Merozoite invasion inhibition is independent of macrolide activity against apicoplast ribosomes

Since macrolide antibiotics are known to target the 50S ribosomal subunit of the apicoplast to inhibit subsequent intra-erythrocytic development, we tested the invasion inhibitory activity of clindamycin, which has a similar mechanism of action and exhibits overlapping binding of the 50S ribosomal subunit of the apicoplast to azithromycin [39] (Table 1 Fig. 2c). Clindamycin had very weak invasion inhibitory activity there was evidence for invasion inhibitory activity with a 74-fold higher IC50 observed for clindamycin (IC50 mero 743 μM) than seen for azithromycin (10 μM). However, pre-treatment of erythrocytes with 2,972 μM of clindamycin (IC80 mero ) resulted in a 65 % reduction in merozoite invasion relative to untreated controls and there was evidence of erythrocyte lysis using these high levels of clindamycin (Fig. 6a). This suggests that at such high concentrations clindamycin is having a largely non-specific effect on merozoite invasion through damaging erythrocytes.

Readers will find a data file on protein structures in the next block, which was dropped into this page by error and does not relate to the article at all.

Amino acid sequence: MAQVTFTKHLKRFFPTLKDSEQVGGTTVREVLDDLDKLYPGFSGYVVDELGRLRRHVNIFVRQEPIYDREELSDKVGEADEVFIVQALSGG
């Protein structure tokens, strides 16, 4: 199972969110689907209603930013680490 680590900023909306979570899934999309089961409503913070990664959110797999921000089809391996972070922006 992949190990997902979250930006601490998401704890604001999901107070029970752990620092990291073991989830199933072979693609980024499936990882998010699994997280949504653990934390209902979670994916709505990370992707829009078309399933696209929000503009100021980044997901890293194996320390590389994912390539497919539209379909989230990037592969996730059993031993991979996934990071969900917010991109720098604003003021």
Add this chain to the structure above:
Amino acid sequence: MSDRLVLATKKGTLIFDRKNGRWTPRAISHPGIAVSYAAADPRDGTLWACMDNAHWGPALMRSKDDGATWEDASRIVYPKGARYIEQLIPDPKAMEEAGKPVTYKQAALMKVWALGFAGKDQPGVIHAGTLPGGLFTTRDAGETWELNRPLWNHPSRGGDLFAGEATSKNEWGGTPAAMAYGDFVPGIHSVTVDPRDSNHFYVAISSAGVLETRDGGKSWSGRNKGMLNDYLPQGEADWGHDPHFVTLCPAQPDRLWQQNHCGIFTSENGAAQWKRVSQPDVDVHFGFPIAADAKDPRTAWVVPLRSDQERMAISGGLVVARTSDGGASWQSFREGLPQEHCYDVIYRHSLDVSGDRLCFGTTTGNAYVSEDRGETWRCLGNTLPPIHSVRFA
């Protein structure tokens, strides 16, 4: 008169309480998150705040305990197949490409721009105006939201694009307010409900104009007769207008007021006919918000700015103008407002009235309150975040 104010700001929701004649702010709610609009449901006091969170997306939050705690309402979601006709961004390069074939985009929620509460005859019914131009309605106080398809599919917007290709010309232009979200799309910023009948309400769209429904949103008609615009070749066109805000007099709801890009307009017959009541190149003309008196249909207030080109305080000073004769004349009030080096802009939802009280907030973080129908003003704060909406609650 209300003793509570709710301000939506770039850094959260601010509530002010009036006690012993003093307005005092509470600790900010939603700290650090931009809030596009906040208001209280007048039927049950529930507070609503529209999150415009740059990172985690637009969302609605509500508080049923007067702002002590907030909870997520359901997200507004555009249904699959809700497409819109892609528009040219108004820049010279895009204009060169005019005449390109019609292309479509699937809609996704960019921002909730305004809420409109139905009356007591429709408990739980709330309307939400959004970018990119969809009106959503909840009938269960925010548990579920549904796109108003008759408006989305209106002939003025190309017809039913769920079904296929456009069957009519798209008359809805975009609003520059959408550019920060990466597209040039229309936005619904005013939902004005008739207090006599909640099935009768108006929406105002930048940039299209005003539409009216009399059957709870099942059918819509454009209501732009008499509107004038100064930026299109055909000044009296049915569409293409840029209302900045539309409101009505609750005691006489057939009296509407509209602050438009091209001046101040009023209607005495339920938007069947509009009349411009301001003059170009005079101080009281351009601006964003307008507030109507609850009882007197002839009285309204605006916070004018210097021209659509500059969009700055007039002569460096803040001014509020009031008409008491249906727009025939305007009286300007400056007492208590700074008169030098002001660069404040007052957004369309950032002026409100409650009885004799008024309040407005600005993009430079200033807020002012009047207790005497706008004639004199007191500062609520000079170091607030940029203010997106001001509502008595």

The mechanism of invasion inhibition is unlikely to target the apicoplast ribosome. (a) Clindamycin targets the same subunit of the apicoplast ribosome but was found to have a much higher IC80 for apparent merozoite invasion inhibition (2,972 μM). There was evidence of non-specific inhibition of invasion as pretreatment of erythrocytes with clindamycin gave significant inhibition, which was not seen for azithromycin (prepared in ethanol mean and SEM of four or more experiments significance of differences tested with an unpaired t-test **P ≤0.01) (38 μM). (b) The D10-AZR r line showed up to a 57-fold higher tolerance of azithromycin in 2 cycle (delayed death) apicoplast-targeting drug inhibition assays compared to D10 parental line. In contrast, the IC50 for purified merozoite invasion inhibitory activity differed by less than 2.5-fold between the D10-AZR r line and the D10-PfPHG line for (c) azithromycin (IC50: PfPHG 10 μM D10-AZR r 25 μM), (d) erythromycin A (IC50: PfPHG 420 μM D10-AZR r 732 μM) and (e) clindamycin (IC50: PfPHG 743 μM D10-AZR r 557 μM). Data represent the mean of two or more experiments in at least duplicate. D10-AZR r , D10 azithromycin-resistant